Five Questions You Need to Ask Your Accountant in 2019

Are you the owner of a growing business that’s looking to comply with all its essential accounting and administrative obligations in 2019? Here are five burning questions you should ask of your accountant to ensure your small firm is ahead of the game:

Question 1 - What is Making Tax Digital and is my business ready for it?

Making Tax Digital (MTD) is the name of the Government’s plans to bring the UK’s tax system into the 21st century.

VAT-registered businesses with a turnover above the £85,000 per annum VAT threshold are required to file their next quarterly VAT return using MTD-compatible digital software.

Your accountant should be able to inform you whether your business is obliged to comply with MTD for VAT or if you are eligible to wait for the next phase of the MTD roll-out.

Question 2 - Is it possible to become paperless within my business?

You might be wondering why we’ve suggested your accountant as a first port of call – but stay with us. Modern accountancy practices are able to provide expense recording tools and invoice raising software which operates in the cloud. This enables small businesses to scan, store and sort such records very easily, without the need to print out each of these items.

TaxAssist’s nationwide network of accountants is helping small businesses to go paperless by offering them access to software called Receipt Bank, which allows them to send expense paperwork instantly to their TaxAssist Accountant, ensuring they never lose another expense receipt again.  And that’s just the start, we can pull in your bank statement feeds and fetch regular invoices online to save you time and bring your financial information quickly up to date.

Question 3 - Could I be claiming Research & Development Tax Credits?

Firstly, are you trading as a company. If yes, your accountant should know the parameters for SMEs that allow your business to claim R&D tax credits. The fundamental requirement is that your company must have been engaged in a project that seeks to achieve an advance in science or technology. R&D tax relief isn’t solely available for successful projects either. These advances may be an improvement to an existing product or even an everyday process within your business that can improve your bottom line.

The tax relief offered to SMEs with qualifying R&D projects is 230% - for every £1 of qualifying expenditure, you’ll gain an additional £1.30 of tax relief.

Or to spin it a different way – every £1 you spend secures a deduction of £2.30 against taxable profits. Even loss-making firms can claim repayable tax credits worth 14.5%.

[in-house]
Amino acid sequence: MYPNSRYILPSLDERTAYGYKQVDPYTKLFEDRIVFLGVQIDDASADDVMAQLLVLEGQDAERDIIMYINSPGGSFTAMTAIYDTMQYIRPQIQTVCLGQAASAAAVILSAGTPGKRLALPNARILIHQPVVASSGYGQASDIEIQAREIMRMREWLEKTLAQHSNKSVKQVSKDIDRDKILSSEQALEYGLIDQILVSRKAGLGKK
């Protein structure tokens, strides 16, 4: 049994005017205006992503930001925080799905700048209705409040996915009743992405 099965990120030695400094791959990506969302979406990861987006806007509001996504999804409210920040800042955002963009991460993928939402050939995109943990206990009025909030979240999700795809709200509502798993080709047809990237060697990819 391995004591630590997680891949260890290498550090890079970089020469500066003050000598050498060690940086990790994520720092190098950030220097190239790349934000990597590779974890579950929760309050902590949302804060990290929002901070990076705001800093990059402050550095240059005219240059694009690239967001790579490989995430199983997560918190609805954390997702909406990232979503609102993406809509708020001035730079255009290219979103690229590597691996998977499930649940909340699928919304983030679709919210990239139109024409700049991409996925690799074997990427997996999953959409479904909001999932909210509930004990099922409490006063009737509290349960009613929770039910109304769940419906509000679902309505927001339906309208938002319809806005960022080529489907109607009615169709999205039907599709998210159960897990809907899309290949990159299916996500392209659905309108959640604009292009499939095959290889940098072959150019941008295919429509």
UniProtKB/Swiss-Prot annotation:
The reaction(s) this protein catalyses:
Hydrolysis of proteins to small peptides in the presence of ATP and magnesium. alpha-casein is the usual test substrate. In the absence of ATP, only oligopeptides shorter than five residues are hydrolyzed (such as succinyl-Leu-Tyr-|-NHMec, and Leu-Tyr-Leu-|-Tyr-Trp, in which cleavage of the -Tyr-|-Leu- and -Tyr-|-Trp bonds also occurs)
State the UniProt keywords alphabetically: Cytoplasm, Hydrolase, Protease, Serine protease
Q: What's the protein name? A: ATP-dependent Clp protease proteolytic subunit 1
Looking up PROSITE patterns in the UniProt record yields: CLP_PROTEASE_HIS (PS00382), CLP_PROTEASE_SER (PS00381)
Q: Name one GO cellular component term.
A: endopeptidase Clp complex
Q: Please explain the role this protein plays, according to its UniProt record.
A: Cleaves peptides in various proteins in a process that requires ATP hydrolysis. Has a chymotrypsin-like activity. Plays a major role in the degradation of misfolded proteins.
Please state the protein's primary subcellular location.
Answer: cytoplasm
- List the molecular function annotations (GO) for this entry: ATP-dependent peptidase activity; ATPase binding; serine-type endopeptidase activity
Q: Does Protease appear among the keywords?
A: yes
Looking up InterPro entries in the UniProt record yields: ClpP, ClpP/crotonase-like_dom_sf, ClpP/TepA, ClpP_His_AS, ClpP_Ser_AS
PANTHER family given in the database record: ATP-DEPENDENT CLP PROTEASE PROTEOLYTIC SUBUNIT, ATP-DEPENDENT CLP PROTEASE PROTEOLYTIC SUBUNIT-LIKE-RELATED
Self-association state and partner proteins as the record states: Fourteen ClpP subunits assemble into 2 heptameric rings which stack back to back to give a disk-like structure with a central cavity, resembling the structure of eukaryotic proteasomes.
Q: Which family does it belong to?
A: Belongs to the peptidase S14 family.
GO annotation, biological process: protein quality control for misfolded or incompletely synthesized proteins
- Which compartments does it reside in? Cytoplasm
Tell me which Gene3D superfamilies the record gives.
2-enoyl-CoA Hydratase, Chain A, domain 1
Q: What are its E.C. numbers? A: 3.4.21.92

Question 4 - How much money do my customers owe me?

Your accountant can supply you with a list of clients or customers who owe you money that might have been overlooked in recent months. Assuming the bookkeeping is all up to date, your accountant can identify income that’s due to you but has not been received to the business.

A half-hour review with your accountant could result in action taken that leads to thousands of pounds of income that would have otherwise been forgotten or written-off.

Question 5 - How can you help me manage my cashflow?

Properly projecting your business’s cashflow is as essential as winning new customers. Tedious, detailed cashflow projections aren’t easy to master, but that’s what you have an accountant for.

Your accountant can help you develop an organised, effective cashflow model that allows you to adjust your operations in ways that help you survive shortfalls, as well as improving your cash in and managing your outgoings.

If you aren’t able to have these kinds of discussions with your accountant or they don’t have the answers you want to hear, contact us to make a free initial consultation on 0800 0523 555 or use our online contact form to find out more about our services and how they can benefit your business.

By Samantha Skyring FCCA
Last updated August 2019

Disclaimer: The information provided is based on current guidance (at date of publication) from HMRC and may be subject to change. Any advice shared here is intended to inform rather than advise. Taxpayer's circumstances do vary and if you feel that the information provided is beneficial it is important that you contact us before implementation. If you take, or do not take action as a result of reading this information, before receiving our written endorsement, we will accept no responsibility for any financial loss incurred.

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